Glaciers are some of the best indicators of climate change. Their existence depends on a fine balance between mass accumulation (usually through snowfall) and mass loss (mainly by ablation or melting). Any small increases in mean annual temperature elicit an amplified response in glaciers and can drastically reduce their mass balance – more ice lost than gained. This is why glaciers are responding so rapidly to rising temperatures.
However, it isn’t as simple as that; there are a number of complicating factors that alter how fast or slow glaciers respond, some occurring on a case-by-case basis. For scientists to use glaciers as a robust and reliable indicator of climate change, both past and future, then we need to learn as much about their behaviour as possible.
For example, in the early 1980s a “paradigm shift” occurred in glaciology when scientists discovered that many glaciers do not simply slide over rigid rock. A large proportion of ice masses are underlain by layers of soft sediment which deforms and can increase the speed of ice flow by much more than sliding (over hard, rigid rock) or deformation of the glacier ice itself. This sparked a lot of interest in studying the subglacial environment underneath the glacier. These layers of sediment are called subglacial till, but unfortunately this area is very dangerous to work in and natural exposures of the sediment in safe environments are quite rare.
Luckily, when a team of young scientists from QMUL travelled to Iceland this past summer that’s exactly what they found. As part of a month long expedition, 2 PhD researchers and 3 undergraduates studied the subglacial environment of Falljökull, a small glacier in Skaftafell national park. By studying these sediments, particularly their composition and evidence of deformation, it was possible to understand past glacier motion and variations in stress penetrating down from the ice.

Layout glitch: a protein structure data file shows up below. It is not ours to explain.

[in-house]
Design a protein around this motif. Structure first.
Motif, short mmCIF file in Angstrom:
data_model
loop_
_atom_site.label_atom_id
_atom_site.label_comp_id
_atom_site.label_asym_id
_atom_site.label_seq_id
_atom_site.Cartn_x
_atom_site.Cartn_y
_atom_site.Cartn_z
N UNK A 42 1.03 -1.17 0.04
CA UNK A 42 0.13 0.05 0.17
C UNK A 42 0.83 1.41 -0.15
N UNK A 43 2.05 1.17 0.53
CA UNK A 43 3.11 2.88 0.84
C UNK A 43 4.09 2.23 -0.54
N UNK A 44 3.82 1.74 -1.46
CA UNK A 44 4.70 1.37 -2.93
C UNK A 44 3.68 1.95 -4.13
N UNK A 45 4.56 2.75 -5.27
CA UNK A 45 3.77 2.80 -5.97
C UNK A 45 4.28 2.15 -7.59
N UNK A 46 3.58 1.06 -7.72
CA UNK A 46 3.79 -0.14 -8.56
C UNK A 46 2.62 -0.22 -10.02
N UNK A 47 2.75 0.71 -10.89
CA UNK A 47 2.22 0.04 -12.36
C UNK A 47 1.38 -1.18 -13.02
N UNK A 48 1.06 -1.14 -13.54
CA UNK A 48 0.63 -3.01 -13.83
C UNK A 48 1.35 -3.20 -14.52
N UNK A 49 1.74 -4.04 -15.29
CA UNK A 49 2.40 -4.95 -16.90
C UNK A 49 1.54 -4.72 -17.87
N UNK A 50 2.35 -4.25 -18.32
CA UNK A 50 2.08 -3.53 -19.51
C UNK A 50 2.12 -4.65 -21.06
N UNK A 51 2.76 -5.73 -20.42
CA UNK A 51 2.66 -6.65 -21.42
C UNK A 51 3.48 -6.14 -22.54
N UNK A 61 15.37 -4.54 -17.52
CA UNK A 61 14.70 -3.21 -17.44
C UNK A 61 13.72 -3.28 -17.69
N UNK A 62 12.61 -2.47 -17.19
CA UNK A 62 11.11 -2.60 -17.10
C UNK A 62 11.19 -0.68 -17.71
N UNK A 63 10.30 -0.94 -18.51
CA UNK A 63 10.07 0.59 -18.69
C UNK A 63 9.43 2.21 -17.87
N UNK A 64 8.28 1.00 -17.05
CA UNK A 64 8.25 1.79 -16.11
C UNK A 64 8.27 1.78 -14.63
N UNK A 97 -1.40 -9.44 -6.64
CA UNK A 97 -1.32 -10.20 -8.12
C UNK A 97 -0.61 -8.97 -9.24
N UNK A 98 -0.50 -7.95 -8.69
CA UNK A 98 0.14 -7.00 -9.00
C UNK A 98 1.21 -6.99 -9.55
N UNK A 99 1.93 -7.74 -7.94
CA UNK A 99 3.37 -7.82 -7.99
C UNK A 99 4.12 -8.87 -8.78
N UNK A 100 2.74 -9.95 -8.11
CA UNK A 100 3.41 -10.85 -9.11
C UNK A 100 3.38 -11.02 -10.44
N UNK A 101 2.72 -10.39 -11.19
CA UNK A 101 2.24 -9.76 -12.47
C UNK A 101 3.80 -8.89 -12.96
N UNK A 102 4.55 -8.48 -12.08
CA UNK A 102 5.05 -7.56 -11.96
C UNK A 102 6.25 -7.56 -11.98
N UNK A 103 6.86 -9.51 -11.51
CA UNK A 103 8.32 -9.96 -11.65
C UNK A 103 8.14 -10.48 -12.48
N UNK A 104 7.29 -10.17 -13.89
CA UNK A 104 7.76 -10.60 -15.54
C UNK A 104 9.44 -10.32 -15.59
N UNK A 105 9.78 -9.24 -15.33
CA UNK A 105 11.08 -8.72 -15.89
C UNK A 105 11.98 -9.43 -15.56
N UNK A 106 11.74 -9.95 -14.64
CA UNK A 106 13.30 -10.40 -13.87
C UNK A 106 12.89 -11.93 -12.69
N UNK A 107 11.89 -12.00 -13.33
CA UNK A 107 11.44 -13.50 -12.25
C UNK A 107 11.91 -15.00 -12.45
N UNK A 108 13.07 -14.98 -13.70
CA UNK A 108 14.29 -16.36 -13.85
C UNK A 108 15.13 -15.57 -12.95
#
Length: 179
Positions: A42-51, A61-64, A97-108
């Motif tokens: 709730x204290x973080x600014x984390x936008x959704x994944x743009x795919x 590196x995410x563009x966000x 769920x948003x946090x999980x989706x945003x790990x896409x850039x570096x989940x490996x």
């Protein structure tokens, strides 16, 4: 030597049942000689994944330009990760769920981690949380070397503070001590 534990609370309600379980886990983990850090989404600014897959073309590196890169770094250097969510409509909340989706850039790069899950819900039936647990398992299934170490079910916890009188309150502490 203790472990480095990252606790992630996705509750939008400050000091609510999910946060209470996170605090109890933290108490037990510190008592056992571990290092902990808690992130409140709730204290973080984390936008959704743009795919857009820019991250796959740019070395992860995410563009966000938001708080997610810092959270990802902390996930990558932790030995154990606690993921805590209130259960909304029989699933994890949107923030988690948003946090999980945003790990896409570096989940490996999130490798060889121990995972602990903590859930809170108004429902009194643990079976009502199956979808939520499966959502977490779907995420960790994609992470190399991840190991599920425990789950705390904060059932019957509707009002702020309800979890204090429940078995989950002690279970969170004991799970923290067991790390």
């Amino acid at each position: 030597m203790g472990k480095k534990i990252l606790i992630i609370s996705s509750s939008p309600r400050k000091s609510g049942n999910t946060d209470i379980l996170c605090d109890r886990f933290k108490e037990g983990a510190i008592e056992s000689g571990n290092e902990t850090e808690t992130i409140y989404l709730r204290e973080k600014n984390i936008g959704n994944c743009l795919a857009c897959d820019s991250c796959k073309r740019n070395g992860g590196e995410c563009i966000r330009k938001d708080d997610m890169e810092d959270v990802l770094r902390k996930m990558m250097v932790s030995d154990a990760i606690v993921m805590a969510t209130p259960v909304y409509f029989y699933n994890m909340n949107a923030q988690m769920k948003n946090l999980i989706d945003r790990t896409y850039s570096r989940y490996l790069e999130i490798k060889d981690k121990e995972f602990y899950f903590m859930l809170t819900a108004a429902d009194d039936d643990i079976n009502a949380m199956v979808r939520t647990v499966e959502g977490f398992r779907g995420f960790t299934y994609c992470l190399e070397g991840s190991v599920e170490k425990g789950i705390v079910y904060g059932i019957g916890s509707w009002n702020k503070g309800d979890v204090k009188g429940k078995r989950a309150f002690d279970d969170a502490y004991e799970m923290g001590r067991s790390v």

In order to do this, the team took several undisturbed samples of this subglacial till back to the UK for analysis using a cutting-edge method called X-ray computed microtomography (X-ray µCT). This method, akin to CAT scanning, provides very high-resolution 3D reconstructions of sediment samples and allows scientists to assess their internal structure and ultimately provide more information about the land system in general.
The logistics required to get these samples from beneath a glacier in Iceland back to the geography department at QMUL can be quite complicated. Extraction requires a great deal of care as any small disturbances will be amplified in the µCT scanner; some samples took over 3 hours to remove from beneath the glacier and these were often taken in some very bad weather conditions by very wet, cold and hungry glaciologists. Due to the highly fragile nature of the samples, transport by air was not an option. This meant that the team was required to ship them back with another expedition around one month after departure – thanks go to Durham University & Prof. Dave Evans for this. When back in the UK, the samples were kept in cold storage and prepared for scanning. After scanning a huge amount of work must be done on the X-ray images in order to process them into meaningful data; only at this point can the team start to make sense of the data they extracted.
Video: A 3D reconstruction of subglacial sediment sample taken from beneath Falljökull, Iceland.
This video shows some of the preliminary data extracted from a sample; when all samples are scanned and processed then this data will be combined with other data collected in the field: geomorphological mapping, sediment analysis, photography and other lab analysis, in order to produce an overall assessment of the subglacial system at Falljökull. In the video, blue represents discrete particles, grey is matrix and orange areas are voids.
Understanding how these glaciers such as Falljökull are behaving currently, and the role of deforming sediment in their motion and dynamics, is of vital importance for reconstructing glaciers which have long since vanished, and ultimately for improving our understanding of cryospheric response to climate change.